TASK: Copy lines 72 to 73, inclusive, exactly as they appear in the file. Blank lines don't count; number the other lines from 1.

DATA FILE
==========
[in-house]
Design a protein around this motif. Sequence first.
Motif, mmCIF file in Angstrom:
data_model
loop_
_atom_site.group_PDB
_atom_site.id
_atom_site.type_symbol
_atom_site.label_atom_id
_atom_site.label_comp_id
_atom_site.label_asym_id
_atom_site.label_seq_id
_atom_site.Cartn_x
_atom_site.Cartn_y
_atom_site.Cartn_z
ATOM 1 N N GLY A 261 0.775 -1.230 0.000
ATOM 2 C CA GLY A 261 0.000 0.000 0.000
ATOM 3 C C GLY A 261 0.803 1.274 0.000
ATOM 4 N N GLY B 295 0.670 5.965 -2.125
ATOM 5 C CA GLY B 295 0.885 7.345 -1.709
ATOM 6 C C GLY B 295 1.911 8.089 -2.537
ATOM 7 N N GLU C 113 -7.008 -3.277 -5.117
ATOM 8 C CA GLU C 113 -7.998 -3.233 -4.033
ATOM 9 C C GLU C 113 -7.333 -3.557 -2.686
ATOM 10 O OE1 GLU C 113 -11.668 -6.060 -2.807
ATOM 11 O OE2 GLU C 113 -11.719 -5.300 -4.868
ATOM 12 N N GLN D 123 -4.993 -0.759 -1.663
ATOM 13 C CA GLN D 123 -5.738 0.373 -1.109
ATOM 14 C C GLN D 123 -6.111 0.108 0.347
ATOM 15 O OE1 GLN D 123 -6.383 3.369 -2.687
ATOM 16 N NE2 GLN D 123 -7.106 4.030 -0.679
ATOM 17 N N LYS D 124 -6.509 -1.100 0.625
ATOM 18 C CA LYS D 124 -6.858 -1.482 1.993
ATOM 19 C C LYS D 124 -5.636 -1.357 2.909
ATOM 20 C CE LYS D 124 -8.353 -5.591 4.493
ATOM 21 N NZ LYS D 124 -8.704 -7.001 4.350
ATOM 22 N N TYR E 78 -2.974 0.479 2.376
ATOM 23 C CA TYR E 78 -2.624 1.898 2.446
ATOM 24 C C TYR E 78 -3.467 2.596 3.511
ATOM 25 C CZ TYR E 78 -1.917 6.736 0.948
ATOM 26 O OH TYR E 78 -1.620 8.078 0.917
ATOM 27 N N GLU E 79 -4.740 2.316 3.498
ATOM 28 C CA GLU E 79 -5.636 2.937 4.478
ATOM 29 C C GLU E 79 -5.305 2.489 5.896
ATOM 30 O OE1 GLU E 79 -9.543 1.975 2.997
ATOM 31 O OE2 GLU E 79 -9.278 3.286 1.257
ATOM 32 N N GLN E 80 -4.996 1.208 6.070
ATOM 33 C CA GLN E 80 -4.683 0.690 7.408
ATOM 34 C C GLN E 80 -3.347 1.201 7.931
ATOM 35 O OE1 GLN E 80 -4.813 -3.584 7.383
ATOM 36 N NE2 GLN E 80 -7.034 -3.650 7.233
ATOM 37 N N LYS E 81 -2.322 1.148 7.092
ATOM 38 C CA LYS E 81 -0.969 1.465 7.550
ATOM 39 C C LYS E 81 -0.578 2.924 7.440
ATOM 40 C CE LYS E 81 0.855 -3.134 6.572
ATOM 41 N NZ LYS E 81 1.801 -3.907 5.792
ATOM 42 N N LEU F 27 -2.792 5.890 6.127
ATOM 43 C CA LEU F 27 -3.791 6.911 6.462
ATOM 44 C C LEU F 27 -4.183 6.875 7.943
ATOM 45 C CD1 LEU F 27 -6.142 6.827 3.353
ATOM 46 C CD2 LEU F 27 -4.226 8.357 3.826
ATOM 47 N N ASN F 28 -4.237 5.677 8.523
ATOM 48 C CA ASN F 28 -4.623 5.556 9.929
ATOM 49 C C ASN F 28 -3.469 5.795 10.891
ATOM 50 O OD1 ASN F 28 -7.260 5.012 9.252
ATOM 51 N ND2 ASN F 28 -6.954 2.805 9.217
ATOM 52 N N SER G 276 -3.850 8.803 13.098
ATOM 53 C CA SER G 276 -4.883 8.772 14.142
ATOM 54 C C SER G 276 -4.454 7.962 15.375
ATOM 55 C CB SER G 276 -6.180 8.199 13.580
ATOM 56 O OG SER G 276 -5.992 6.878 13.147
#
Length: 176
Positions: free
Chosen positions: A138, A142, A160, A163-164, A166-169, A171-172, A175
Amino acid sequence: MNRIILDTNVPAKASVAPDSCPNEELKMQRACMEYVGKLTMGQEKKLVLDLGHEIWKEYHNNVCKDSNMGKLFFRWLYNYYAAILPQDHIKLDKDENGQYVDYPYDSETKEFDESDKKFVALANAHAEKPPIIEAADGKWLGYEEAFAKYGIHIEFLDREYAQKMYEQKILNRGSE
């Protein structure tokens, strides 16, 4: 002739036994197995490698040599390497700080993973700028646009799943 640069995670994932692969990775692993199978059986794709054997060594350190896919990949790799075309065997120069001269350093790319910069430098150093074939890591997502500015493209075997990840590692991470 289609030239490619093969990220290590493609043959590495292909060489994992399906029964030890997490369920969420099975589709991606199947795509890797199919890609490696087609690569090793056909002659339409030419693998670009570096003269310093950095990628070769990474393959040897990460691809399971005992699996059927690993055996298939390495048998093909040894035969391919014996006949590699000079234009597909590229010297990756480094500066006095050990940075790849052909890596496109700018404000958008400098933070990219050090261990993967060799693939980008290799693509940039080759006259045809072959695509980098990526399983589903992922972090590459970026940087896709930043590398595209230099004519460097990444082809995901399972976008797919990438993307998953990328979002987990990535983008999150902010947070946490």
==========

#
Length: 176